Tuesday, November 13, 2007
Starbucks suing another small coffee shop over logo.
I half expected Seattle Trademark Lawyer to cover this one before me – never one to miss a story about Seattle-based coffee behemoth Starbucks threatening to file trademark infringement lawsuits against mom-and-pop coffee shops using a name or logo similar to the Starbucks name or famed green encircled siren logo (pictured above – not that you didn't already know what it looked like). Click here to read STL's many blog posts on Big-Green’s past trademark enforcement efforts (with mixed results).
This current story has apparently been brewing (pun intended) since late October. New stories ran in The Macomb Daily on October 28th and in the Detroit Free Press on the 9th.
On October 22, 2007, Conga Coffee & Tea (“Conga”), a coffee shop in Mt. Clemens, Michigan, apparently received a cease and desist letter from counsel for Starbucks Coffee Co. (“Starbucks”) about Conga’s logo – a green circle with a black elephant silhouette in the middle (pictured below). Conga is owned by Michael Dregiewicz, who purchased the 11-year-old store back in February.
Starbuck’s counsel, Hope Shovein of Brooks Kushman, P.C., stated in her letter to Dregiewicz that Conga’s logo is "likely to cause consumers to think that Conga is an authorized licensee of Starbucks." The letter gives Conga a two week deadline to stop using the logo or face legal action. The letter also states that Starbucks is willing to negotiate a reasonable phase out the logo.
Dregiewicz has hired Melanie Frazier, of Romain, Kuck & Egerer, P.C., to defend Conga’s use of the logo. Dregiewicz has estimated the cost of changing his logo would cost up to $5,000 for reprinting business cards, paper cups, and other products as well as changing the store’s awnings.
If Starbucks chooses to file an infringement action, it will likely include both infringement based on likelihood of confusion (under §32 and/or §43(a)) as well as trademark dilution by blurring under §43(c).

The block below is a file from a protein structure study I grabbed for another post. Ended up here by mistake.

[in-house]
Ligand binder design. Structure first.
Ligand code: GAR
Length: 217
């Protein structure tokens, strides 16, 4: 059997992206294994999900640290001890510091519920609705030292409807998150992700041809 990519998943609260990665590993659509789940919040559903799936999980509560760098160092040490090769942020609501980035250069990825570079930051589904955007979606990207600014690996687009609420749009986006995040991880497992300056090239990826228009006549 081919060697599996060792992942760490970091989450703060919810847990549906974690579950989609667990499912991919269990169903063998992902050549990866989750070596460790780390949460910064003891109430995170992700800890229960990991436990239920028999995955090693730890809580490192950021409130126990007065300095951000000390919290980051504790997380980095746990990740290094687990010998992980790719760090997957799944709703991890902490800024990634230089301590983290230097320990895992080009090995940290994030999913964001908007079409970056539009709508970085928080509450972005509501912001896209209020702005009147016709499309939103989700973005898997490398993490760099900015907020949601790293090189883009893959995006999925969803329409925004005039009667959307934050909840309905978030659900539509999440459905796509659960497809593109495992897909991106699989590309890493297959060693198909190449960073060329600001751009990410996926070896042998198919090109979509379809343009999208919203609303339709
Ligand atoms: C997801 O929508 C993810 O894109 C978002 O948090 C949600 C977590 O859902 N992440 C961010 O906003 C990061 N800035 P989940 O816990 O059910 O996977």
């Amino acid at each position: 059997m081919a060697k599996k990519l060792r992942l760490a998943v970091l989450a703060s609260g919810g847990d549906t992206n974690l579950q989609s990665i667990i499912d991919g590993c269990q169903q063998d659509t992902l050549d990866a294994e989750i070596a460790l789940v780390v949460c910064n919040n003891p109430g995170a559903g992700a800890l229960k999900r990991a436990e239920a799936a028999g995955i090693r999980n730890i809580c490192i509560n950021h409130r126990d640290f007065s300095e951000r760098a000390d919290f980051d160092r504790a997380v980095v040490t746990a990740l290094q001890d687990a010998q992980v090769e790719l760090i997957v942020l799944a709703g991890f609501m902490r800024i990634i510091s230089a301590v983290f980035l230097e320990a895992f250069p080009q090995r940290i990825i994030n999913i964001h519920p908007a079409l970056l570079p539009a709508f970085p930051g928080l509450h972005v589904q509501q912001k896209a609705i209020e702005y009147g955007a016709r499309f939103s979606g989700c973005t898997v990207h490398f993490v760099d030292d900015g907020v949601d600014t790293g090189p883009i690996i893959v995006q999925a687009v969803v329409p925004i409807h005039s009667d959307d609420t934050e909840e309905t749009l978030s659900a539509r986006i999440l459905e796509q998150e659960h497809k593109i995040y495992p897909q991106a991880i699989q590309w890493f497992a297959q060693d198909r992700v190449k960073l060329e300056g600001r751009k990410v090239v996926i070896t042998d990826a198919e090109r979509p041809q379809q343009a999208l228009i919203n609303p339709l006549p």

With respect to the possibility of Starbucks using a §43(c) dilution claim against Conga, I’ll defer to “dilution-guru” Michael Atkins for comments. Check out his recent post entitled “How Courts Have Interpreted the Trademark Dilution Revision Act” on the uncertain status of trademark dilution jurisprudence.
Perhaps Starbucks may have been emboldened by its recent victory by the Second Circuit in Starbucks Corp. v. Wolfe’s Borough Coffee, Inc., 477 F.3d 765 (2nd Cir. 2007), where the court applied the Trademark Dilution Revision Act of 2006 (with its likelihood of dilution standard) rather than the Federal Trademark Dilution Act of 1996 (with its actual dilution standard) to Starbuck’s injunctive relief claim. If the new standard applies in the 6th Circuit, Starbucks may have an easier case to make for dilution by blurring than it would if it had to prove actual dilution.
If Starbucks chooses to pursue dilution, one wonders if Conga’s use in commerce of its logo was before Starbuck’s logo became famous? Conga has apparently been using its logo for 11 years, which would put its initial use in commerce around 1996. While Starbucks was founded in 1971 and went public in 1992, the current incarnation of Starbuck’s famous logo was applied for federal registration on January 15, 1993 – a Section 1(a) application claiming date of first use as August 30, 1992 for retail services (among other goods and services) with the color green claimed as a feature of the mark. The logo was registered on January 11, 1994. It is very likely that Starbuck’s logo became famous during this four year time period before Conga started using its logo, but it is an issue nonetheless.
Likelihood of Confusion
As for likelihood of confusion, Starbucks undoubtedly has a very strong mark and the services at issue are identical. As such, there is a greater likelihood that the public may mistakenly assume an association between Starbucks and Conga. The greater the likelihood that the public may make such an association, the less similarity that is required among the marks to find likelihood of confusion. The issue will come down to similarity of the marks, in particularly the visual similarity of the two logos.
On the one hand, when you look at the logos side-by-side, there is very little similarity other than the green circle. However, if you are driving around and you notice a round green logo, you may be confused into believe that it is a Starbucks (until you get close enough to see the sign, in which case you drive another block to the actual Starbucks – there is one on every corner after all).
In addition, coffee drinkers, especially Starbucks loyalists, do exercise some degree of care when it comes to getting their Starbucks-fix, and thus I do not think that they would be confused into thinking that Conga is somehow going to provide them the same “decaf Grande half-soy, half-low fat, iced vanilla, double-shot, gingerbread cappuccino, extra dry, light ice, with one Sweet-n'-Low and one NutraSweet” (the famed Starbucks Test) that they have come to expect from Starbucks. Then again, I’m sure there are those mornings when consumers are so desperate for their java that they may head towards the closest “Green circular logo” they can find. But in Mt. Clemens, Michigan?